Construction work slumps as the residential sector reverses sharply
Australia’s construction sector has not only hit the brakes, it has moved sharply into reverse according to the latest data from the Australian Bureau of Statistics.
- Construction work in New South Wales and Victoria has fallen for the first time in four years
- Overall construction work last year down 2pc on 2017
- The value of residential construction fell 3.1pc in Q4 against expectations of a rebound
Construction work done in the three months to the end of 2018 was expected to rebound following a surprise fall over the third quarter, however the decline accelerated.
Total construction in seasonally adjusted terms fell 3.1 per cent over the quarter, compared with expectations of a marginal rise.
The total value of construction work done last year was $51.6 billion, around 2 per cent lower than in 2017
While the slowdown in the engineering sector has been on a long-running story as the construction of big resource and gas projects wrap up, the sudden fall in residential work has become alarming.
The value of residential work fell 3.6 per cent over the quarter, although it is still up 2.1 per cent over the year.
The major surprise was the weakness in New South Wales and Victoria, the two powerhouses in the construction sector.
Both reported their first quarterly falls in the value of construction in four years.
The weakness, particularly in the residential sector, is supported by private industry surveys run by the likes of the Australian Industry Group and the Housing Industry Association which have reported home building activity to be at its lowest ebb in six years.
Another surprise buried in the data was the weakness in public sector spending on big infrastructure projects which had, until now, been propping up the broader construction industry.
Public sector spending on engineering construction was down more than 10 per cent for the quarter against a more modest 1.2 per cent decline in the private sector.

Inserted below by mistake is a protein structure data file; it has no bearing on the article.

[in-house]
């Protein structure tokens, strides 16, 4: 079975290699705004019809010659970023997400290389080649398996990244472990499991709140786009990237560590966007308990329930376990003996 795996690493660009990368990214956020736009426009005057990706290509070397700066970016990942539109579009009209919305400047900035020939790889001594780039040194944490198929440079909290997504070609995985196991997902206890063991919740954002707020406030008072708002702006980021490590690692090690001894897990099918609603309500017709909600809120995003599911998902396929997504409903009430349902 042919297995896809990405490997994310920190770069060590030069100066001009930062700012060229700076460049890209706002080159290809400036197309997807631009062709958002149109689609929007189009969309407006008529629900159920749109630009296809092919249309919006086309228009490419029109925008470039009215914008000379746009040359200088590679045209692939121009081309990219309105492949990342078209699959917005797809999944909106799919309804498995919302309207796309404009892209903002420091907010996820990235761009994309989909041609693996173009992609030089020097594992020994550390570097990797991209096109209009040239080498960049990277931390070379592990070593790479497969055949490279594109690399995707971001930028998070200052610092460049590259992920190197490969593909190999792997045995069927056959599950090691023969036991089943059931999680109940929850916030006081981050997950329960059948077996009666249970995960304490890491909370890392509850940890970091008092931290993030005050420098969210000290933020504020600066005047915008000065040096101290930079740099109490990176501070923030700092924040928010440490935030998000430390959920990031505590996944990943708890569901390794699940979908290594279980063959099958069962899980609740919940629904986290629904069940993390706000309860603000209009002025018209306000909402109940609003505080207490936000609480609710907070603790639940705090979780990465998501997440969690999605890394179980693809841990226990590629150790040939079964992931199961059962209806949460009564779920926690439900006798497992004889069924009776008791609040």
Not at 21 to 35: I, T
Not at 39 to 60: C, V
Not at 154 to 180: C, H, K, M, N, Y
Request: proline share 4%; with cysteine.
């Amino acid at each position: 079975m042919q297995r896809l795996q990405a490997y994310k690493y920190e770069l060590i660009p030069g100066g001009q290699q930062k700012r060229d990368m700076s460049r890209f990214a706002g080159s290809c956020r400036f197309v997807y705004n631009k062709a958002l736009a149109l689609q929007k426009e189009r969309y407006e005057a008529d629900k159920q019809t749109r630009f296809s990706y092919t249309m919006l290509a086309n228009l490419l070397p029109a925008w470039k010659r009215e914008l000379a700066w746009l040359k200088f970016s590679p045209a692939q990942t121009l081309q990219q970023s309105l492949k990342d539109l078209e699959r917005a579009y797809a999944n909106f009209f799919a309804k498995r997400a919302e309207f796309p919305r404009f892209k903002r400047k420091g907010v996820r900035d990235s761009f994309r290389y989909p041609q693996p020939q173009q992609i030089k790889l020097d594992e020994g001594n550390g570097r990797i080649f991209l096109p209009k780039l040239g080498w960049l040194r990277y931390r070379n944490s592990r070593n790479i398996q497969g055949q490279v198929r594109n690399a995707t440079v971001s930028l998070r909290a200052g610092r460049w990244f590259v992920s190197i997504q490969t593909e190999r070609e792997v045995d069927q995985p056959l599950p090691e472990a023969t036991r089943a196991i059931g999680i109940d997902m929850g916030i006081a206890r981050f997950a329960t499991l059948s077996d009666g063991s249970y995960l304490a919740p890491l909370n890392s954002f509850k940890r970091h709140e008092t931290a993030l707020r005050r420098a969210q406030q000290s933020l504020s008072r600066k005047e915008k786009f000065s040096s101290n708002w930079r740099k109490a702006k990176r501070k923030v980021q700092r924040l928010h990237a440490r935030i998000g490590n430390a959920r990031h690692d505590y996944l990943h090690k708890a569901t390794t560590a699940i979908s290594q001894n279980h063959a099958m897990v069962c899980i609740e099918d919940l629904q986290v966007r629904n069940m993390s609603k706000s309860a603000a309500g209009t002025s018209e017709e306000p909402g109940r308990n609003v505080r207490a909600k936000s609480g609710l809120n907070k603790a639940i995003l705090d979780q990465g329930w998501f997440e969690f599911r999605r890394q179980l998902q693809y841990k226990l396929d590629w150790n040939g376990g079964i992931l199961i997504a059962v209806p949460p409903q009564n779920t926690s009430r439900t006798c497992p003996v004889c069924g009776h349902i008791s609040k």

IFM Investors chief economist Alex Joiner said the public infrastructure “boom” is perhaps overhyped or at arguably best an inconsistent contributor to GDP growth.
The slowdown is also feeding into the labour market, with the most recent detailed ABS data showing jobs in construction fell 1.6 per cent in the three months to November last year.
The scorecard so far on fourth quarter GDP to be released next week makes for fairly bleak reading.
On top of today’s unambiguously weak data, retail sales volumes have been poor and net exports are also shaping up as a drag on growth.
Dr Joiner said removing the effects of population growth from the national accounts, Australia faced the prospect of GDP-per-capita recession after the third quarter’s surprisingly weak result.
“Looks like a soft quarter in train — [although] some significant partials to come though — two consecutive quarters of negative GDP per capita a real risk,” he said.
ANZ’s Felicity Emmett said there was still some work in the pipeline, but the figures — when coupled with the rapid decline in building approvals — pointed to the flow of work drying up quite quickly and a solid fall in residential investment this year.
“While there is still a considerable amount of work in the pipeline for public engineering construction and residential construction, the weakness in [the second half of] 2018 has been more marked than we expected, and … this points to an earlier and sharper turn in the cycle than we expected,” she said.
Market economists are becoming increasingly convinced fourth quarter GDP will well and truly undershoot the Reserve Bank’s implicit forecast of 0.6 per over the quarter.
UBS has cut it forecast to just 0.3 per cent — or 2.5 per cent over the year — but says that may still be optimistic the way recent data has rolled out.